Competition can rear its ugly head when places in the playing eleven are at premium but it can be beautiful when two players purportedly fighting for the same slot complement each other just like KL Rahul and Rishabh Pant showed on Friday.
Had Shreyas Iyer not dislocated his shoulder, Rahul would have kept wickets and Pant would have dug his heels in the dug-out, waiting for his next chance in the 50-over format.
But forces conjured and brought them together for just under 13 overs and they entertained by skinning cat in their own way.
They showed that diametrically opposite styles of batting could be breathtakingly beautiful.
It was a fusion of Rahul's classical style with Pant's unorthodox daredevilry as they matched stroke for stroke in their own unique ways.
Come to think of it, Rahul as India's white ball keeper was beginning to be cast in stone before the series against Australia Down Under till Pant had those two unforgettable 'fifth days' in Sydney and Brisbane which turned the tide.
He was now back in the mix and even if Rahul shuts out the "outside noise" and he did admit on the eve of this game that with this level of competition, taking one's place for granted is a no-go zone.
For Pant, it was about the perception which preceded him in white ball format but what we are now seeing is a better version waiting for the best one.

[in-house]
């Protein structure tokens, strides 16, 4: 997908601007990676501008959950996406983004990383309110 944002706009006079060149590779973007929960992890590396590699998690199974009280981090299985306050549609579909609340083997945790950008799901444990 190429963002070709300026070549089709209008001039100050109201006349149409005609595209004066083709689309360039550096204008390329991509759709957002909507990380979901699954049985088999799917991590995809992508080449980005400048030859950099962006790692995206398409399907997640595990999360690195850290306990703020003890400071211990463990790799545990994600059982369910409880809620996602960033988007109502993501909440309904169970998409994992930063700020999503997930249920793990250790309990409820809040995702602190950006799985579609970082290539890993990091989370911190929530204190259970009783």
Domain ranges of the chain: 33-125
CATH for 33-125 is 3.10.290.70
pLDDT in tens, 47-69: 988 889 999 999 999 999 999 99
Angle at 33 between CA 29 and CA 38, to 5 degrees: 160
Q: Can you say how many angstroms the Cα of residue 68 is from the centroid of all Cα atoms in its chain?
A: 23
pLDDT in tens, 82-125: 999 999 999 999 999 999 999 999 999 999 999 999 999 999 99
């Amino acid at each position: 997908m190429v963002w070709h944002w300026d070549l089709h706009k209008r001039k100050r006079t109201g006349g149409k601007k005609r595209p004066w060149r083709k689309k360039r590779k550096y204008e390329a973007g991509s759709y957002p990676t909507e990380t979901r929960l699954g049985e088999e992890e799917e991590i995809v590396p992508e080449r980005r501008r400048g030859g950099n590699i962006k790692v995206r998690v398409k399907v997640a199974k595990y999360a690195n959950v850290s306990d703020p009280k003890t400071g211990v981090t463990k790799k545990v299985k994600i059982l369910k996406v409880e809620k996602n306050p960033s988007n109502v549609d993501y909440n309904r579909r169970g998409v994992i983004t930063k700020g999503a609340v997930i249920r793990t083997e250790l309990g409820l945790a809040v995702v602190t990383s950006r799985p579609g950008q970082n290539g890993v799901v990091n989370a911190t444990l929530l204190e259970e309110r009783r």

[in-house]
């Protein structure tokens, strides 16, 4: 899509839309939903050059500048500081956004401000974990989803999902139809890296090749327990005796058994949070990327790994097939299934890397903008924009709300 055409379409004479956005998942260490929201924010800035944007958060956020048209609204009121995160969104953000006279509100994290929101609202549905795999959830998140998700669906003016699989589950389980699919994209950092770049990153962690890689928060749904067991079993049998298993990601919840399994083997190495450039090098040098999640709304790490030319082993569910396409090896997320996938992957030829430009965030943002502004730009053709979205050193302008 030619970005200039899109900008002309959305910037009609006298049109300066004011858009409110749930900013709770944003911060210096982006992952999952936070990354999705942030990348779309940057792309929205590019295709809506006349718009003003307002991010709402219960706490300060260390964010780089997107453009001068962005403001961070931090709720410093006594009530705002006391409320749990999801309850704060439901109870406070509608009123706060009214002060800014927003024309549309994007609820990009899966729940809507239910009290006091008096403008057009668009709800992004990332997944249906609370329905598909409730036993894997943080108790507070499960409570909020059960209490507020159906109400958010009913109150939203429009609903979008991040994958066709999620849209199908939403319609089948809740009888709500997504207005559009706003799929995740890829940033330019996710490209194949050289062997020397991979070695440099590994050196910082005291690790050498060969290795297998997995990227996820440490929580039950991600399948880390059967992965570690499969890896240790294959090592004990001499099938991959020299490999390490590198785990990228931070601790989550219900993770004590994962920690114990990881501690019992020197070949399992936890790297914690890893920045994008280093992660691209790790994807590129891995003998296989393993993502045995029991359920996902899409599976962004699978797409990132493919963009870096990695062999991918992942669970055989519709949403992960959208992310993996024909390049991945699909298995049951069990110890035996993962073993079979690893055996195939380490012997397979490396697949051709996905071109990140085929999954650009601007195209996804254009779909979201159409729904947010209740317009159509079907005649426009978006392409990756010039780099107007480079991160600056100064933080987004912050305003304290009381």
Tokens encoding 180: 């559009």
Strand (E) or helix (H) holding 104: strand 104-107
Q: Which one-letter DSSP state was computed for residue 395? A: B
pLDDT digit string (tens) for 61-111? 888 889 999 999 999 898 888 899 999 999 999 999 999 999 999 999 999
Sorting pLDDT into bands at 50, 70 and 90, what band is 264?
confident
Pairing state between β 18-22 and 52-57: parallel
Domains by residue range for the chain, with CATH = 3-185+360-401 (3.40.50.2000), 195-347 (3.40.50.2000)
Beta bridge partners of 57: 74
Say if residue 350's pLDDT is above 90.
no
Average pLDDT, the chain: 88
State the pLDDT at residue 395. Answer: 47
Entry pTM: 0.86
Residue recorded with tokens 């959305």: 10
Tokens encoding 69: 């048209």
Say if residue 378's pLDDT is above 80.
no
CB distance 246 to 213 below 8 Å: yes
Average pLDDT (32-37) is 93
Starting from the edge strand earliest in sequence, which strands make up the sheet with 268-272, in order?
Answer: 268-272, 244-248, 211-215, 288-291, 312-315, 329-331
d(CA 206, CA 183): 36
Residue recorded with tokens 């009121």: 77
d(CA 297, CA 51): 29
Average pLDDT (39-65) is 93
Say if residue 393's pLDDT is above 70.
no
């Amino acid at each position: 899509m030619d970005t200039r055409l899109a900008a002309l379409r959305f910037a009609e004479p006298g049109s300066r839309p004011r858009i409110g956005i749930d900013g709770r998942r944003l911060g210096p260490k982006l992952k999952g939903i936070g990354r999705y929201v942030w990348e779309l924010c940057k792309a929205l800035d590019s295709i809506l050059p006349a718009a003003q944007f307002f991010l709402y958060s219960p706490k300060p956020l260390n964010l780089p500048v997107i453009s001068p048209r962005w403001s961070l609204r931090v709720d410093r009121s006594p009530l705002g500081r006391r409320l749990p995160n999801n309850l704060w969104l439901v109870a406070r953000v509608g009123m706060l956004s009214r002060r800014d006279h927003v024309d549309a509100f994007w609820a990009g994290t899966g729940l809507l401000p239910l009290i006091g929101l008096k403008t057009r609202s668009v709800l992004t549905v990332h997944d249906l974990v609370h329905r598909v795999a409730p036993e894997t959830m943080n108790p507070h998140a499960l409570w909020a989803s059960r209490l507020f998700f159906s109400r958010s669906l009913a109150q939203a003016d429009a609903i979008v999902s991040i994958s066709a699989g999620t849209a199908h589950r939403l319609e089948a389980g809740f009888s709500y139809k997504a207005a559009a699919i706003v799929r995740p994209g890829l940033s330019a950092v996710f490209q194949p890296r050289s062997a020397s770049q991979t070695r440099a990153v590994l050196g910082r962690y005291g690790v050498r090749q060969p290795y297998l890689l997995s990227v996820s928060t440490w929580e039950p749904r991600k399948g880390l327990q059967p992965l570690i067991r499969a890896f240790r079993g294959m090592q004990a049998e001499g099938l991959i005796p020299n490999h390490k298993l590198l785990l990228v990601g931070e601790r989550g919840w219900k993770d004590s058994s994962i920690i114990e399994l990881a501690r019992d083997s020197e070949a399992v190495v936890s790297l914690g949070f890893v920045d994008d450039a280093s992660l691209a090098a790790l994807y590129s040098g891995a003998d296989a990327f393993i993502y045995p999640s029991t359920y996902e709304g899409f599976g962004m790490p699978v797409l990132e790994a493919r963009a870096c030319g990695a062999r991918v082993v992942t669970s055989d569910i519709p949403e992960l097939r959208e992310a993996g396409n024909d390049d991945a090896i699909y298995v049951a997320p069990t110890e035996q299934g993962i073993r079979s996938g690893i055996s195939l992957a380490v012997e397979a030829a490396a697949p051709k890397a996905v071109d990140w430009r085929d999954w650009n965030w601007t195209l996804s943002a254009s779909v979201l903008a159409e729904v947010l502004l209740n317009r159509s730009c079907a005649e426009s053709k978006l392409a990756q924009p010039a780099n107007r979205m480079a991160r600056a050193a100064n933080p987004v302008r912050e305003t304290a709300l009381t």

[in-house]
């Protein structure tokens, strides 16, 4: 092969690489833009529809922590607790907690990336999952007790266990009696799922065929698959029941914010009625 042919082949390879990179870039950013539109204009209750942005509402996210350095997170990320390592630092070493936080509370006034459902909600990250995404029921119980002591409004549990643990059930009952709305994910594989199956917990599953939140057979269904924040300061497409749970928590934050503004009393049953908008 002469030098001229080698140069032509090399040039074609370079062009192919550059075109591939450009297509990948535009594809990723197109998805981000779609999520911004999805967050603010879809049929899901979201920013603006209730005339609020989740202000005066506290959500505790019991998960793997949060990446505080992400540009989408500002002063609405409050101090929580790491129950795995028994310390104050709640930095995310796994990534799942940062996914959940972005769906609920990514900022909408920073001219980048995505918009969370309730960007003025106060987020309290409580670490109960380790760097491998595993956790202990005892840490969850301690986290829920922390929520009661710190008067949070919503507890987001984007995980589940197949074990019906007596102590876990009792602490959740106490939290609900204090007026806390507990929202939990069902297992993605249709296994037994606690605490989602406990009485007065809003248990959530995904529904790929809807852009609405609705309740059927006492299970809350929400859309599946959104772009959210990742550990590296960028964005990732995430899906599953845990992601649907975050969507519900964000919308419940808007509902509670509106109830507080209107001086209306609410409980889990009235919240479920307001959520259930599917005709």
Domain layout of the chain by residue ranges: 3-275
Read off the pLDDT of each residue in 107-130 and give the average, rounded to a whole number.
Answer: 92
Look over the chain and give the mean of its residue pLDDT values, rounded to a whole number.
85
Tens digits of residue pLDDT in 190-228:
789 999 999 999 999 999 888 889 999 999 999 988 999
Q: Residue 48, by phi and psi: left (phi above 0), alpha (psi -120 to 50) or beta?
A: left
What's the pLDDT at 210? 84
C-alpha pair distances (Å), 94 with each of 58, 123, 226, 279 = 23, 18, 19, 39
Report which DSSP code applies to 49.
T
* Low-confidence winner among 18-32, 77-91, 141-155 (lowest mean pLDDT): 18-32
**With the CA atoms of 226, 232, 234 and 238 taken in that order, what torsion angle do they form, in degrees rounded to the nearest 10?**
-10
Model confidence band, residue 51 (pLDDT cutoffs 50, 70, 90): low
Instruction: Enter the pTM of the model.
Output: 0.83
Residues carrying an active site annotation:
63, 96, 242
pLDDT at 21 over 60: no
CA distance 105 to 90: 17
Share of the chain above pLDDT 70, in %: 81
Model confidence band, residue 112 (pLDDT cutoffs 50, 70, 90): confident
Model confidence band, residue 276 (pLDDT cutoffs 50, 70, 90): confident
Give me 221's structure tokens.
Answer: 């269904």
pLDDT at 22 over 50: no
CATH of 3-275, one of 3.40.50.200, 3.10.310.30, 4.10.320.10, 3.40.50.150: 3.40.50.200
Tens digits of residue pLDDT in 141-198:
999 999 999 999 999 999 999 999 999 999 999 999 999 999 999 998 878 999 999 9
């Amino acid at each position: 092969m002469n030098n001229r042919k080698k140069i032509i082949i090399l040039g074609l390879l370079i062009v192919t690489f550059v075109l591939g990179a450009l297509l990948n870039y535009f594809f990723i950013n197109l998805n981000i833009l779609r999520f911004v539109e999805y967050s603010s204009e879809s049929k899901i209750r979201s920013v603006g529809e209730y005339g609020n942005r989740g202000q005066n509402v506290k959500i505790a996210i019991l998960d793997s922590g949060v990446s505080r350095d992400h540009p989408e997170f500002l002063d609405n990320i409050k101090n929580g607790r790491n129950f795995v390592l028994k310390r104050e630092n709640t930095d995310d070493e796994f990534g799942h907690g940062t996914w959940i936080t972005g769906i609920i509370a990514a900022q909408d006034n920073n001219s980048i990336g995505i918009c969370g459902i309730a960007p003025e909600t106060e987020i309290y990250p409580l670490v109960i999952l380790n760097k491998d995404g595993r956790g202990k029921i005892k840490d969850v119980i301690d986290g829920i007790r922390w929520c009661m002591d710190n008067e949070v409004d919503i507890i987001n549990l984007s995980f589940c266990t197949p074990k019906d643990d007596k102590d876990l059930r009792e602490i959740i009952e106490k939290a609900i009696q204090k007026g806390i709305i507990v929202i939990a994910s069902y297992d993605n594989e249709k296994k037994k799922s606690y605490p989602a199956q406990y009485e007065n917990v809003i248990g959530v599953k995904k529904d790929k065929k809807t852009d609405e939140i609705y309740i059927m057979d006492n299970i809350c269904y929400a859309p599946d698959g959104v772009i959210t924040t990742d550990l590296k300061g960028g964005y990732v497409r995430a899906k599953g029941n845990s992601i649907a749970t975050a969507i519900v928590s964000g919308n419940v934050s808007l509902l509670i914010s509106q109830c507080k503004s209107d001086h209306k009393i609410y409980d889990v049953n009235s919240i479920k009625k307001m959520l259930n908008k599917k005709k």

The "careless Rishabh" has now become "responsible and fearless Rishabh".
In this backdrop, the duo came together and not for once tried to change their natural games which often happens in the face of competition.
Rahul played the way he knows best and Rishabh still knows only one way to play.
If Rahul danced down the track to loft Adil Rashid for a straight six, Pant got on one knee and muscled the same bowler to the Cow Corner stands.
If Rahul showed his full bat face with a pronounced back-lift, Pant with his unbelievably powerful wrists would whip Ben Stokes over square leg and just disdainfully dispatch even over long on.
As Rahul would shift his balance to pull Reece Topley for boundary, Pant would ride on Sam Curran senior's full toss to guide it over third man for a six.
Rahul has had criticism flying thick and fast at him for four failures in T20 Internationals and his "shut the noise" celebration was a powerful portrayal of his state of mind.
Pant has walked that route for far too long to know how insane it can get. He had been in his "bubble" long before the bio-bubble was in vogue.
On Friday, one thing was crystal clear.
True that Team India has plenty of choices but the 2 R's can co-exist in the playing XI without one being pitted against other.